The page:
One of the few studies that looks into the issue of whether the xenoestrogenic burden we are exposed to 24×7 in Western countries is due entirely to synthetic, industrial chemicals or if there is more to the story. Well, there is definitely more to the story, and the additional evidence we have from the study below is that PUFA is now officially a xenoestrogen, at least as potent as the better known ones such as phthalates, bisphenols, parabens, SSRI drugs, etc. And just as all those xenoestrogens, regular consumptions of PUFA from vegetable oils like canola, sunflower, rapeseed, grapeseed, etc can have a detrimental effect on the female reproductive tract. One could make the argument that PUFA is even more pernicious than the synthetic xenoestrogens due to its widespread consumption and presence in virtually all commercial food/beverage products (as well as its official status as “essential fats”), while the synthetic xenoestrogens are at least officially recognized to be harmful. So, the latter have some (albeit, woefully inadequate) legal framework for regulation/control and are consciously avoided by many consumers, while the former is left untouched by regulators and mass-consumed by people. It seems, it may be time for EPA/FDA/USDA to look into this matter and reconsider just what exactly constitutes “safe food” and an “endocrine disruptor”. Just because something like PUFA is edible, does not mean it is safe or beneficial.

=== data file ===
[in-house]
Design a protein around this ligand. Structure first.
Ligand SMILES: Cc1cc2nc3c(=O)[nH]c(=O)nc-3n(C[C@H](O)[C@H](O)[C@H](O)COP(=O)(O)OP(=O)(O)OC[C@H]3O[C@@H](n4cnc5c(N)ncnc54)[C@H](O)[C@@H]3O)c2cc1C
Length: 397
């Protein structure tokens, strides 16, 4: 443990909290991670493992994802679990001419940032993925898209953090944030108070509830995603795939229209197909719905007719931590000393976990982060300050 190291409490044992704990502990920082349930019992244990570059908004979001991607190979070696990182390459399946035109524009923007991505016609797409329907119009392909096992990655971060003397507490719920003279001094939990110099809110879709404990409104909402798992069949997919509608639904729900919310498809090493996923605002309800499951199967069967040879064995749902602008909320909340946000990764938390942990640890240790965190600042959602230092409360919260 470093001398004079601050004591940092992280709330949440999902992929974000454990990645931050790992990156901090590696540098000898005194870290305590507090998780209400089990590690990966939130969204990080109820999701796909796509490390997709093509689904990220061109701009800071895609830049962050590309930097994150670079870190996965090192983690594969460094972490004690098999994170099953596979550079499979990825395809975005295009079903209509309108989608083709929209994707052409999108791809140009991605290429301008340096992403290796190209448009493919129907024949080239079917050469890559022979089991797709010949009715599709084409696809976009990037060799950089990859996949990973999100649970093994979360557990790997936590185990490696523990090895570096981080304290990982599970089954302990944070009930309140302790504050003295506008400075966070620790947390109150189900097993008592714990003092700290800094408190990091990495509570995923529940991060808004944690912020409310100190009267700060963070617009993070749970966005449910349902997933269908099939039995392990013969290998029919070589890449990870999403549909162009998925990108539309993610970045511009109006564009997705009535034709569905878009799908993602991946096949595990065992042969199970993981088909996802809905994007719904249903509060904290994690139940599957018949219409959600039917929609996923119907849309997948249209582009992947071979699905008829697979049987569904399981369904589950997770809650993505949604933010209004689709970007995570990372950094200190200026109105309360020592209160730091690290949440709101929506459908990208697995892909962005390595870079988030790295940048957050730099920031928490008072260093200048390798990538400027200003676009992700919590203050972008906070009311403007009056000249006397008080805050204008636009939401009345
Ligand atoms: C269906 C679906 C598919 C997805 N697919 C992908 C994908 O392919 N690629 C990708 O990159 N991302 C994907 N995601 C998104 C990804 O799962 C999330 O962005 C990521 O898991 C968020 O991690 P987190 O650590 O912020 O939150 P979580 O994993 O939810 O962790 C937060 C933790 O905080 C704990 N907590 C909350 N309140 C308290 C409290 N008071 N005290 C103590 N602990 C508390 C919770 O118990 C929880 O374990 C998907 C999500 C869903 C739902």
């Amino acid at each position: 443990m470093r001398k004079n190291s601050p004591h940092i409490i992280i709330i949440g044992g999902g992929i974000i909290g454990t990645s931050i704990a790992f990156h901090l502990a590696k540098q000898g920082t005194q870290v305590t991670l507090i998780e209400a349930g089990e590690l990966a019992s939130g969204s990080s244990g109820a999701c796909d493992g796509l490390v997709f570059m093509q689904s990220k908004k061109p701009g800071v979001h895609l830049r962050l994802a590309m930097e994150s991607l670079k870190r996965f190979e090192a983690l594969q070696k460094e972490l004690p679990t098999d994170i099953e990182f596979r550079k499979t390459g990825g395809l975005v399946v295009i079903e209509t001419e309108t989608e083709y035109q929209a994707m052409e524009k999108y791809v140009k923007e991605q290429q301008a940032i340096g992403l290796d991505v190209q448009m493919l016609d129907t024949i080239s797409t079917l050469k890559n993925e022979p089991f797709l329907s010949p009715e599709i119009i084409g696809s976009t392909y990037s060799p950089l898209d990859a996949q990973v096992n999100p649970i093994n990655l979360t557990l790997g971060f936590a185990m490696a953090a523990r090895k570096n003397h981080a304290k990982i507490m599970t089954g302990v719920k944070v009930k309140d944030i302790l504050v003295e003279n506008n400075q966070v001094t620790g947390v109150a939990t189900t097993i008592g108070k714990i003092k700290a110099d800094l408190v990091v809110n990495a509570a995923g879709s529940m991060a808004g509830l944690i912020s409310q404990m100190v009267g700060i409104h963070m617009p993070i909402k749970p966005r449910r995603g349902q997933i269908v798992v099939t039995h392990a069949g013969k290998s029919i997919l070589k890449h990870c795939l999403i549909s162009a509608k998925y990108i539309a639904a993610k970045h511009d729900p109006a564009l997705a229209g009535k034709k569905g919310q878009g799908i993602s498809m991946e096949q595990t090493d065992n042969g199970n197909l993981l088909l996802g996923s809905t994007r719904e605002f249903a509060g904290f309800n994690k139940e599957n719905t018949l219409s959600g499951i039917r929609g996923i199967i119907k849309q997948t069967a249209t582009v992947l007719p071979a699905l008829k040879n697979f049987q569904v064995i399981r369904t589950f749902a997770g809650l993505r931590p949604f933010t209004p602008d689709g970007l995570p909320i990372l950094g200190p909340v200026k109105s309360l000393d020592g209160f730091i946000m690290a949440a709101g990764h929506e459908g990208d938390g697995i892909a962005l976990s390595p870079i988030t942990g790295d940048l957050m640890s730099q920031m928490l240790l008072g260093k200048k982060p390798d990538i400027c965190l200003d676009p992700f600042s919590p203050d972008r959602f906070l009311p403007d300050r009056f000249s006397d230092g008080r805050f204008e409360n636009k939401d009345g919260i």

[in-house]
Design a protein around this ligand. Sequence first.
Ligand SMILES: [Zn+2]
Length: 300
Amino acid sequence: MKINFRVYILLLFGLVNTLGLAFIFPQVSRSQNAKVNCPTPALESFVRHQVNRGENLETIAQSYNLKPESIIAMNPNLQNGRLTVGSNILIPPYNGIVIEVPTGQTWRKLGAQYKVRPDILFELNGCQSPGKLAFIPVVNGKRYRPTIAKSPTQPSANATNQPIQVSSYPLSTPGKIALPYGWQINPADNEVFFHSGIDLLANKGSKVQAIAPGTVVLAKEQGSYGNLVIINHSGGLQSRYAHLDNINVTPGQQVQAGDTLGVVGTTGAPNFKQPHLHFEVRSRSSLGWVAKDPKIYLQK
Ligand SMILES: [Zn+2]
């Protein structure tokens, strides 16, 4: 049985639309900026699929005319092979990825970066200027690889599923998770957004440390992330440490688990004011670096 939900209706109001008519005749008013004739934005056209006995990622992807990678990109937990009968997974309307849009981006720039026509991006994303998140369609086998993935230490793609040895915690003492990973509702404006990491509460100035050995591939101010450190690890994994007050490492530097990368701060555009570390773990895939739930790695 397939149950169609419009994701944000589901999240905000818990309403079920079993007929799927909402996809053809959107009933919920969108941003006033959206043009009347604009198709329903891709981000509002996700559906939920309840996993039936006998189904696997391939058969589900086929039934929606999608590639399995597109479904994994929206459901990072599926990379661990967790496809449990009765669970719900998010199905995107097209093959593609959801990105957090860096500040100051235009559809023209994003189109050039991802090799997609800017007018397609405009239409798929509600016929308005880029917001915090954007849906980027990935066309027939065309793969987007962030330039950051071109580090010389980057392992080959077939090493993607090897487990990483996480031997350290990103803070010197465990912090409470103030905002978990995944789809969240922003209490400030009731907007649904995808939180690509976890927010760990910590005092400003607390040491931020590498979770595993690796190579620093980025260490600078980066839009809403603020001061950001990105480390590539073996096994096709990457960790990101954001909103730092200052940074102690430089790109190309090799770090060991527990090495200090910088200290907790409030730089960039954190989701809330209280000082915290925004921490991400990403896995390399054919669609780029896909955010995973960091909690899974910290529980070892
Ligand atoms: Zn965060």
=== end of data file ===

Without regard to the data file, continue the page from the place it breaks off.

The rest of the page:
“…Initial evidence on the endocrine-disrupting effects of genetically modified (GM) food motivated us to evaluate the reproductive toxicity of GM and non-GM plant-derived edible oils in female Wistar rats. Sunflower (non-GM), maize (GM), and canola (GM) oils as popular resource dietary oils were purchased from the local market. After tracking the target sequence of CaMV 35S and Nos terminator in all selected batch numbers of edible oils by real-time PCR, oil samples were daily gavaged to 10 weeks Wistar rats for 28 days. Clinical factors, serum lipid levels, sex hormones, and gonadotropins as well as the histopathological changes were compared among groups by statistical analysis. Besides normal lipid profile, gonadotropin levels, and LH/FSH ratio at day 28, serum estradiol levels were raised in both GM (canola oil (p=0.04)) and non-GM (sunflower oil (p=0.008)) groups. In necropsy studies, ovarian atrophies were detected in canola (p<0.001) and sunflower groups (p<0.043) although uterine remained unchanged in all groups. In histopathological evaluations, all sections showed severe congestion and multiple follicular cysts in the sunflower oil group. Simple and secondary cysts in the maize group were the other type of ovarian toxicity in this short period of time. Remarkable estrogenic properties of GM and non-GM plant-derived edible oils with signs of ovarian atrophy, congestion, and cysts may contribute to phthalate or other xenoestrogenic contaminations; therefore, analytical studies of samples and further human populations studies are highly recommended.”